Following receiving the qualification I continued to work with Sellafield for a number of years as a Project Engineer (now known as Sub-Project Manager) and was fortunate enough to be involved in the delivery of the manufacture and testing and ultimate delivery of a large storage package and associated gamma gate as well as being involved in CS&A works on the most hazardous building on site at the time. This was all undertaken in parallel to authoring and gaining approval of a business case for one of the largest undertakings on Sellafield Site. This final one gave me massive insights into the inner workings of the company, access to very senior people and a knowledge of the funding and sanctioning process which has helped me immensely as I have moved into the supply chain.
This move came about after completing a 12 months retrievals strategy study which entailed the consideration of all retrievals technologies used in the worldwide nuclear decommissioning sector meeting some fantastically brilliant people along the way. Following the study I had wrongly assumed that I would be surplus to requirements and agreed to take a position with Nuvia on the largest decommissioning plant on Sellafield site. It turned out that something was actually lined up for me at Sellafield but we parted on good terms and I continued on the next stage of my career.
Feet first straight in at the deep-end
During my numerous years at Nuvia I had the fortune of being responsible as Area Project Manager for the delivery of numerous areas of the plant being Ventilation, CS&A, Space Management and Process. This involved the working with a team of project controls and support staff, four Engineering Managers and a total of 100+ strong team. The work that I undertook at Nuvia was a very steep learning curve due to the people, the stakeholders and the work itself. The lessons that I gained from my time at here and the overall approach and methodology to project management are the basis upon which many of my day-to-day decisions are made.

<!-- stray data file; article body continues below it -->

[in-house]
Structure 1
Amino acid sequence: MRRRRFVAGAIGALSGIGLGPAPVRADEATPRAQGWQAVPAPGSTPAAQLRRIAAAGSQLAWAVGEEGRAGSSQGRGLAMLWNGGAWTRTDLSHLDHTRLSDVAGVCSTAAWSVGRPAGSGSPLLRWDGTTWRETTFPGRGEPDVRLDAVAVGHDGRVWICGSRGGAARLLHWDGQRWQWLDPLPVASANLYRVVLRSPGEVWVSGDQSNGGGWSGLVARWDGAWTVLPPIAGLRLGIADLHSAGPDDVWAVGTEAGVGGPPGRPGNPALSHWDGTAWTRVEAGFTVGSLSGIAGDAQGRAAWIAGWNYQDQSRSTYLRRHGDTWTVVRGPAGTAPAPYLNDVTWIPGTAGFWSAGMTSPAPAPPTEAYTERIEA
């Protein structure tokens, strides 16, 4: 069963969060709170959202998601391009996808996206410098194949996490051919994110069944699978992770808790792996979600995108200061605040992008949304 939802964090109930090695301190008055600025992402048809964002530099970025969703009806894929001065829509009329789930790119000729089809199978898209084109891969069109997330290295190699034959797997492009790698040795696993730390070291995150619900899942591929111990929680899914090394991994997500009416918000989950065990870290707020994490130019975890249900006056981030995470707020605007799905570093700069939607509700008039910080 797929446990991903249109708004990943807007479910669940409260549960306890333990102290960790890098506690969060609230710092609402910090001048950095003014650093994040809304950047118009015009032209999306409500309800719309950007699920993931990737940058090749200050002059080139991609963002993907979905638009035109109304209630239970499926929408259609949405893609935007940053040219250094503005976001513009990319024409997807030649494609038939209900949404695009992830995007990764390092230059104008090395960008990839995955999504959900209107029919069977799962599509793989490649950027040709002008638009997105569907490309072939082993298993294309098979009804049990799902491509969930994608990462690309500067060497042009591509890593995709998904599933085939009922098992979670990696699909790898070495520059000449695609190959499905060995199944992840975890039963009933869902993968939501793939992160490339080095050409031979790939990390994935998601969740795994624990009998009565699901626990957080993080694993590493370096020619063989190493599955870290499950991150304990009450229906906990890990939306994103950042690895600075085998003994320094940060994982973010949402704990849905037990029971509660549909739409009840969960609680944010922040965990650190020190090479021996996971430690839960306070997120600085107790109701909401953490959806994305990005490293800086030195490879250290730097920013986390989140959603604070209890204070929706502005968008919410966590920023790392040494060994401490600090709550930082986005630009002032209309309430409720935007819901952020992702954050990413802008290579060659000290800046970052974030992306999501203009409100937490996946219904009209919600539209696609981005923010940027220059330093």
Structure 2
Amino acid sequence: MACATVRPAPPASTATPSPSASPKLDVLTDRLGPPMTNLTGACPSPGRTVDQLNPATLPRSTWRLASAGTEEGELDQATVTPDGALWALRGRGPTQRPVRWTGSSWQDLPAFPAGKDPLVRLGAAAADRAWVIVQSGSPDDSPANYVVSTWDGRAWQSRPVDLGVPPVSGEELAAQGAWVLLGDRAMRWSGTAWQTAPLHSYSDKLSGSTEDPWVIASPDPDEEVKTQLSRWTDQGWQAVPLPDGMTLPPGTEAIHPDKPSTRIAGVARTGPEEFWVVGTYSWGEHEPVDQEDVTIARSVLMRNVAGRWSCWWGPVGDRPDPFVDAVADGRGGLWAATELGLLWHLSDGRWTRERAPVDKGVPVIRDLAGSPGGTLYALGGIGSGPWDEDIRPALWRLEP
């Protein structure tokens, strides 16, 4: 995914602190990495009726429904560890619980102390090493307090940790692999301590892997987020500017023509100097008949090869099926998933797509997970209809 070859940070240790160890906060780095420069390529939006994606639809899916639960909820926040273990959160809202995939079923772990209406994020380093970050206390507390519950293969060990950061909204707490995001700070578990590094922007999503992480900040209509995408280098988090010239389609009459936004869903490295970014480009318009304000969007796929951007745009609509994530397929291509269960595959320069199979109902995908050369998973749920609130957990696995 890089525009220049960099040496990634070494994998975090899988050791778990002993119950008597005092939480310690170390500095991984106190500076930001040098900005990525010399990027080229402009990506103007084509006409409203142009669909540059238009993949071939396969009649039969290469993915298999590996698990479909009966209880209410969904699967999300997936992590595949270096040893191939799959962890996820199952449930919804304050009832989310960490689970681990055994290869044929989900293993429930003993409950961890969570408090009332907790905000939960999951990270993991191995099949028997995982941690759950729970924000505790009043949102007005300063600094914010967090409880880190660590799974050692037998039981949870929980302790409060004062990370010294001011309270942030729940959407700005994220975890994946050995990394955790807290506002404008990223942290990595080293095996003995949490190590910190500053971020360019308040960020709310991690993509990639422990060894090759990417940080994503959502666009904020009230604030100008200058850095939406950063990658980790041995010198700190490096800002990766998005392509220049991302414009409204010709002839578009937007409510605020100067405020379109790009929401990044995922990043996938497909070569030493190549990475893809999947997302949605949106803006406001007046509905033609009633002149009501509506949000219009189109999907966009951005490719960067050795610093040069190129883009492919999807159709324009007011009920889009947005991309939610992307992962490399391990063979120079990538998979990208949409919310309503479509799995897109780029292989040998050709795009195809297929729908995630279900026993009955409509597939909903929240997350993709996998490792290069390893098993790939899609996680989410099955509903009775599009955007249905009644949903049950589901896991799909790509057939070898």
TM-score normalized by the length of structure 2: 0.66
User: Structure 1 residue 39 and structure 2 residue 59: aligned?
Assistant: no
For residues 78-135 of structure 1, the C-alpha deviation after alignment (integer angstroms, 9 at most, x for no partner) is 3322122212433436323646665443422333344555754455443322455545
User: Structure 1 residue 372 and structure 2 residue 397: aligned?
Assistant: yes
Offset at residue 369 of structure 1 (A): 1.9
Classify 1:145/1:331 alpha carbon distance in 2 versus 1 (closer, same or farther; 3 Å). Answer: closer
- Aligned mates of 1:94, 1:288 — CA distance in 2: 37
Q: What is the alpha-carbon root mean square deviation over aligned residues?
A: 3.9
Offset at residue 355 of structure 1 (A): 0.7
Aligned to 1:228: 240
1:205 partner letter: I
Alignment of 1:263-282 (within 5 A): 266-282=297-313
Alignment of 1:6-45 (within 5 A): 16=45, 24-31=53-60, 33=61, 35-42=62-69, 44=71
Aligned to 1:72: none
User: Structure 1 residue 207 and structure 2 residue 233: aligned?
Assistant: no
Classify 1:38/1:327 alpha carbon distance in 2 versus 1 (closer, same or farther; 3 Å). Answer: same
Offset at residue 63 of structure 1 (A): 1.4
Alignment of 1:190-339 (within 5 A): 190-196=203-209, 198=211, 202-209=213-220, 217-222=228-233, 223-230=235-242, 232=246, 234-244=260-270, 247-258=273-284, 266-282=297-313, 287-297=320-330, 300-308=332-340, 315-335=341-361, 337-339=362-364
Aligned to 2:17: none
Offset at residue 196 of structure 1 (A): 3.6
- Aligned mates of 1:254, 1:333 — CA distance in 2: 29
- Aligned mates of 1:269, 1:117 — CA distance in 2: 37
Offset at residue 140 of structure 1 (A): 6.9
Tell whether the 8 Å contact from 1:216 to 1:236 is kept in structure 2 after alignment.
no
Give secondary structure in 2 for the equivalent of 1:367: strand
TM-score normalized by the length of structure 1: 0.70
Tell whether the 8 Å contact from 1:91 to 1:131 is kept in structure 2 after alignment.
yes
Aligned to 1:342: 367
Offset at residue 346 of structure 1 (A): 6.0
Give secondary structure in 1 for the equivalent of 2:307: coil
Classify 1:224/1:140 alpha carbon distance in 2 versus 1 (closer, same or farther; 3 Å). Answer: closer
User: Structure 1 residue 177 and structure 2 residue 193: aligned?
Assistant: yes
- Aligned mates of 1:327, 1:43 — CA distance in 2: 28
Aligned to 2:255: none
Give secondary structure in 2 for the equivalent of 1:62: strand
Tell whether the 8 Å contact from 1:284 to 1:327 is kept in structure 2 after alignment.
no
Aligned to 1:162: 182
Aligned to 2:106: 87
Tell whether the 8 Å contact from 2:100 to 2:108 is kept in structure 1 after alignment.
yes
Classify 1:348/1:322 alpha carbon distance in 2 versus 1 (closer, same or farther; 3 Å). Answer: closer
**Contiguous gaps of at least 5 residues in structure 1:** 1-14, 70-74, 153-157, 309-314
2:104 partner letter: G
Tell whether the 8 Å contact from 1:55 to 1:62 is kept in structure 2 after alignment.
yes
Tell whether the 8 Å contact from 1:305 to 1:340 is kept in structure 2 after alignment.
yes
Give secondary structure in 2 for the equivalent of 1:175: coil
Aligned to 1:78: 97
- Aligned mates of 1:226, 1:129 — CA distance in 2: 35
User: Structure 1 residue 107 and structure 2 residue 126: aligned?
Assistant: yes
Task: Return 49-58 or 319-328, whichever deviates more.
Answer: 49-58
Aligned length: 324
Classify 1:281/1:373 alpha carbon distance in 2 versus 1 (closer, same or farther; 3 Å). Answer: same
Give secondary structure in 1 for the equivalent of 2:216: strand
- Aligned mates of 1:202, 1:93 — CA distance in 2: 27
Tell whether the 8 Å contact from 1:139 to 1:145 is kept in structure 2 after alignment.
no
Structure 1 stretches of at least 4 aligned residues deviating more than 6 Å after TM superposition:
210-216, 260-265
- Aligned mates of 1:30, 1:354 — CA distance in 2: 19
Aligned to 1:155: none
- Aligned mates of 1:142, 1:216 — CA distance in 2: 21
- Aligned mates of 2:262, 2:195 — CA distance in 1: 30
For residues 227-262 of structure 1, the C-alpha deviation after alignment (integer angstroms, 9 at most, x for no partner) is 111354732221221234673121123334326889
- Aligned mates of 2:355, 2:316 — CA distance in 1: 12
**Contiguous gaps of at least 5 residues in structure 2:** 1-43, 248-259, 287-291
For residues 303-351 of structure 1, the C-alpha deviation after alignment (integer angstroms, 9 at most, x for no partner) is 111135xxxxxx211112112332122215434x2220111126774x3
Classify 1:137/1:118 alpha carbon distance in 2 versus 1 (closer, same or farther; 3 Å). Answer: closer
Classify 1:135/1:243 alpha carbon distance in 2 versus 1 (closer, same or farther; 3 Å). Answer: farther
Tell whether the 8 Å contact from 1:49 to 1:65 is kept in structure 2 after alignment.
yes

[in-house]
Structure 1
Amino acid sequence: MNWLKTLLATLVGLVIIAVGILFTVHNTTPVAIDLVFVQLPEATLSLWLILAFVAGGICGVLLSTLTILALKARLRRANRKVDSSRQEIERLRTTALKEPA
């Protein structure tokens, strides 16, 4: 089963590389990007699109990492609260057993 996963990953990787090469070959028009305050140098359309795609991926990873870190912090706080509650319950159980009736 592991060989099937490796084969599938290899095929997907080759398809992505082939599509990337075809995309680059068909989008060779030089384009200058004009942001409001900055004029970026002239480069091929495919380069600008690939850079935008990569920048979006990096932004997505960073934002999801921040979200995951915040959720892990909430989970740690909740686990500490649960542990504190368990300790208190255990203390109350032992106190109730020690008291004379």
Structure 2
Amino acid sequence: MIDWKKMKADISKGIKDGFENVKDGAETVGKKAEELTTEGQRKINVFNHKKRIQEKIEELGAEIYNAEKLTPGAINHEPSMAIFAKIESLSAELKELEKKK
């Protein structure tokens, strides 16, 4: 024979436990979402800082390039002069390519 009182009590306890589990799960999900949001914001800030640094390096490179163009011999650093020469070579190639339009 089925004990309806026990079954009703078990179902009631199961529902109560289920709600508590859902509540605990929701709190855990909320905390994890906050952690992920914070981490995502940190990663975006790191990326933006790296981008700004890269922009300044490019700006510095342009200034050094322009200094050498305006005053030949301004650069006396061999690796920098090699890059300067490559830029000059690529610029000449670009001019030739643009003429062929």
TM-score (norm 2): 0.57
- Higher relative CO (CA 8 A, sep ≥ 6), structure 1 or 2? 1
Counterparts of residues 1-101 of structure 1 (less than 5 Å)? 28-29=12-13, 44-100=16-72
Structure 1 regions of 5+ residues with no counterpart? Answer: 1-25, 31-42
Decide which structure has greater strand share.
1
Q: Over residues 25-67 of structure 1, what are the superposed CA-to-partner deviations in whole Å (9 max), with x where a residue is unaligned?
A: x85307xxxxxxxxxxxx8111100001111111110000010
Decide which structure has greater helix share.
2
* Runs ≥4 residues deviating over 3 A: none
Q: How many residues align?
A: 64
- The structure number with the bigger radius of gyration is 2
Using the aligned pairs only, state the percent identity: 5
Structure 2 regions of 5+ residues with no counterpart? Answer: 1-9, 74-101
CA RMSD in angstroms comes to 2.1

As good as things were at Nuvia the project was halted abruptly due to the next phase of the works being awarded elsewhere and I fortunately found myself at Ansaldo Nuclear Ltd (NESL at the time) providing project management expertise to their tendering team.
Back to being a salesman
It is at Ansaldo Nuclear that you will find me today. During my time in recent years I have tendered on work spanning almost every site in the UK covering the defence sector, decommissioning arena and the nuclear new builds. Now due to the successes that I have seen within tendering I am now spending my time working as Project Manager for a portfolio of 4 projects totalling £120m+. My time in tendering has opened my eyes to how much effort (and money) it takes for businesses to win work in the nuclear industry and the risks they have to take when tendering and then during delivery — not all ITTs take this into consideration in my opinion. I have also gained insights into how the tendering process differs between the major players, the art of proposal writing, the important role that business development has to play in the success of a nuclear business and how archaic the industry is when it comes to developing a marketing, media and brand awareness strategy.
Ansaldo Nuclear are a fantastic company with great ambitions and a unique selling point in that they are manufacturing engineering company that have the capability of being a tier-two integrator (which they will be) with the ability to reach-back to their parent company Ansaldo Energia in Italy. That said with all enterprises the devil is in the detail and as I embark upon the successful delivery of all of my projects there are the inevitable twists and turns that you find on all tasks in life and I am throughly enjoying the ride for the foreseeable on longer term projects.